[FVC]: Longer competitions

From the Game Design Thread:

I am considering the idea of a Friday afternoon/Saturday competition (if FIRST will allow) for next year, similar to FRC’s off-season event BattleCry. This would also allow mentors and students to network/socialize on Friday night which is something I think the program needs to start doing more of. But it would also add additional costs to the event organizers to rent space and pay personnel to staff it, and to teams to attend the event if hotels are needed. Any comments?

I think 2 day tournements are a good idea only for “large” tournements with 30+ teams. Competing at Penn or Toronto, each team had only 4 matches to show their robot. With 2 days the entry fee may increase by 1.5x, but it will also allow mentors and students to network/socialize on friday night as well (as Kathie mentioned).

San Diego and Los Angeles Vex Regional Championships had over 40 each if I remember correctly. Each team got a lot of matches. As well, we had two fields for competition and a practice field at both San Diego and Los Angeles. I dont think regional championships need to be 2 days if you have the same set up, I dont know if other regionals had same number of teams with only 1 competition field. As well, the two fields in the regionals, not world championships, seemed to work very well. Boh regionals did not fall behind. In fact, Los Angeles we finished early ahead of schedual!!!

I think the only tournement that needs to be longer is World Vex Championship. That was pretty bad with only 4 matches.

I wish the possibility of 4 vex fields would be possible, hopefully IFI will release some new crystals for this sole reason. Play 2 at once, queue 2 at once, imagine how many more qualifiers there would be/ the speed at which the finals could be played at.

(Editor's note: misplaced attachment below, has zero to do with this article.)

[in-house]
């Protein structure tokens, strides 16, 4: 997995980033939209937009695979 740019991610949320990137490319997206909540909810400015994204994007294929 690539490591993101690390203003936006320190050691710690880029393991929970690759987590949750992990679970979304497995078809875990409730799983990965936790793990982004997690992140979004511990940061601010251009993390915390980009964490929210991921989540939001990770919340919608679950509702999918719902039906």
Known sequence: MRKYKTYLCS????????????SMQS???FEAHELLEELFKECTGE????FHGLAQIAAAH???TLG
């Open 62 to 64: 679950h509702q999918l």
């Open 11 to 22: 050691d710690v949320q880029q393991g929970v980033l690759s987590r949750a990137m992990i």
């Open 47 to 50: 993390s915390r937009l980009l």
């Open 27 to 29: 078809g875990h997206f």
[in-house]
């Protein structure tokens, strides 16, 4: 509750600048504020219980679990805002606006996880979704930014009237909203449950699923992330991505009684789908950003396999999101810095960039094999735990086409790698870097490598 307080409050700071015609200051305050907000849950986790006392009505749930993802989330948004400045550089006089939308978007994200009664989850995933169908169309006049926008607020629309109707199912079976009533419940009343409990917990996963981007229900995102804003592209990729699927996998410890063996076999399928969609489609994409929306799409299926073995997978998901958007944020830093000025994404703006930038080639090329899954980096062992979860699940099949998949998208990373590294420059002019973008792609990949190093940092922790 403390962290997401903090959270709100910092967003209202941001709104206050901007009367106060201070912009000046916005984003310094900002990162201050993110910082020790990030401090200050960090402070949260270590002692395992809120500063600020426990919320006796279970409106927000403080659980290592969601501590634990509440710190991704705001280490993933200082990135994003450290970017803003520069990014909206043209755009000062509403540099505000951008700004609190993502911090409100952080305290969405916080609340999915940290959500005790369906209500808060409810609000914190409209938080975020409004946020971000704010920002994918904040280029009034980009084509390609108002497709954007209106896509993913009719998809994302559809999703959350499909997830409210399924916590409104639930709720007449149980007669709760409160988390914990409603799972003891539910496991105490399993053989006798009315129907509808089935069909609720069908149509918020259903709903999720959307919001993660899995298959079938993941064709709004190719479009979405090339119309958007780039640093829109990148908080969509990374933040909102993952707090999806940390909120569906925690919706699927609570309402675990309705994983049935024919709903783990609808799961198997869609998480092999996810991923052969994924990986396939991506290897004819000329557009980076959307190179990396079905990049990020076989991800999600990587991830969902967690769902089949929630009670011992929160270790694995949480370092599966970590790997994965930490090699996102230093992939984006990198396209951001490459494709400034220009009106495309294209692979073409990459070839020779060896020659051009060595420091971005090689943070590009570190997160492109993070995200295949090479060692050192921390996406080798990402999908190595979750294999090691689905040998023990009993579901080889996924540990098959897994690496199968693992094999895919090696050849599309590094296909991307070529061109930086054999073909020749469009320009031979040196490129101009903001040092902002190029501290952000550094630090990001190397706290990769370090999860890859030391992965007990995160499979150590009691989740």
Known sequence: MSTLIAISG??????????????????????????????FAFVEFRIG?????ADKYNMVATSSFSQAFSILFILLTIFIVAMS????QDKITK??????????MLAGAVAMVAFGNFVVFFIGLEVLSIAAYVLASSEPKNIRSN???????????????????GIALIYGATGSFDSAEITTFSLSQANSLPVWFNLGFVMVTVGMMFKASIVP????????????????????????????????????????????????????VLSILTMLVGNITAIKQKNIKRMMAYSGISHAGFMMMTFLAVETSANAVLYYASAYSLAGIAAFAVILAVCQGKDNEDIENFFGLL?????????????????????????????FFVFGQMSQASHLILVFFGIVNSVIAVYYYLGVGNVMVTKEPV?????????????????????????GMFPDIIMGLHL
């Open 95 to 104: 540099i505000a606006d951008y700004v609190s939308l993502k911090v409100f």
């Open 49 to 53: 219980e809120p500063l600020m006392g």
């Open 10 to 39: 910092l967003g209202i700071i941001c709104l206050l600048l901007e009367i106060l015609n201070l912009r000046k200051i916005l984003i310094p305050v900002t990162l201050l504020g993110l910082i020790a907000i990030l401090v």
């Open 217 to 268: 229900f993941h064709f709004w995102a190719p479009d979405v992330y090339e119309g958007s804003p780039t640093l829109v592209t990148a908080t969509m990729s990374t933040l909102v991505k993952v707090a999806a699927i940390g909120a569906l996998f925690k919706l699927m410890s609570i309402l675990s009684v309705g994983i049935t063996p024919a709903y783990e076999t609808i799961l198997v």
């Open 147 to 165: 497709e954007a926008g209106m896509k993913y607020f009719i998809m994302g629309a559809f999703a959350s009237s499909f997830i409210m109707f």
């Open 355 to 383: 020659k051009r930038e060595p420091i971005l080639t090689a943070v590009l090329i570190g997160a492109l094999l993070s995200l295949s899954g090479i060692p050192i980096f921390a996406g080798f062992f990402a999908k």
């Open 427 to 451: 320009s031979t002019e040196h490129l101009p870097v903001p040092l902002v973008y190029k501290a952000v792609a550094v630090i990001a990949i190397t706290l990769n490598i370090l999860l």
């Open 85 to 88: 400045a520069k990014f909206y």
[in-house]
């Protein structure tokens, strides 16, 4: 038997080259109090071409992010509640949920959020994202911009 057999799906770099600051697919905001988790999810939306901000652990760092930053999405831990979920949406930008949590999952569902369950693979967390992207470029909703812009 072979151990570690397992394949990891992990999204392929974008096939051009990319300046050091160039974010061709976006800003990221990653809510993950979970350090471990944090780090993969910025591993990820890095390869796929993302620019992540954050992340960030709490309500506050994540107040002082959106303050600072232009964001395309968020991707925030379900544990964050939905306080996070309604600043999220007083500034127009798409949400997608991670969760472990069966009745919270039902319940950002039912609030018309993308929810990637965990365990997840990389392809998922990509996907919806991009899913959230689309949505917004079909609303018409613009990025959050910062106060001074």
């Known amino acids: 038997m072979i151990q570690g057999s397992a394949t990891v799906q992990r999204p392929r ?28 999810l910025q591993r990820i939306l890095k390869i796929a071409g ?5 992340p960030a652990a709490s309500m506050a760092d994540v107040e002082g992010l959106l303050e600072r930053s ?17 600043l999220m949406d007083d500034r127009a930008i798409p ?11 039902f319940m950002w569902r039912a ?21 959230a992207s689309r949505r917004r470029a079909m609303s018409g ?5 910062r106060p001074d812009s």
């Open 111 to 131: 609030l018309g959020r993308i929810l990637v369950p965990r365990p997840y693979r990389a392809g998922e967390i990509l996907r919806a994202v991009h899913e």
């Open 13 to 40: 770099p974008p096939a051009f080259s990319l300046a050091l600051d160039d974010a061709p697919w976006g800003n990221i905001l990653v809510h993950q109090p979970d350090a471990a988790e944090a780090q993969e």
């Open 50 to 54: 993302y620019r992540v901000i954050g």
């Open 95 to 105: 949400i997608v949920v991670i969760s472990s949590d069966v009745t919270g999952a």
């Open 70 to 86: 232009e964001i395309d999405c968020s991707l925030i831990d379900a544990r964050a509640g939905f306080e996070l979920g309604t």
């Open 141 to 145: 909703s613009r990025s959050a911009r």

The multiple-day FVC competition idea is certainly an excelent one to help grow the gracious professionalism and inter-team bonding within the program. From what I’ve seen this year, especially at the Championship, many of the FVC teams who are new to the program (and have no previous FIRST experience) don’t fully understand our gracious professionalism and “open” and friendly culture yet, and an idea such as this would only serve to strengthen the program.

Plus, a Friday-into-Saturday competition idea would be a good basis for a lot of BattleCry-like team social activities, like FIRST Jeopardy/Family Feud, ice cream, movies, fun “driving competitions”, human player challenges, and other games.

I think that a 2 day event would scare people away from competition. This is because they now need to deal with travel. One day is ok for there and back from competitions, even if its a few hours away. Though if you have it a 2 day event, you are talking about a lot of teams paying for travel expenses, to which Vex was made to be a cost effective way to introduce FIRST to new people. Having them pay for travel will scare them into coming and spending more money.

These are great points that you are all bringing up, please keep adding to this thread.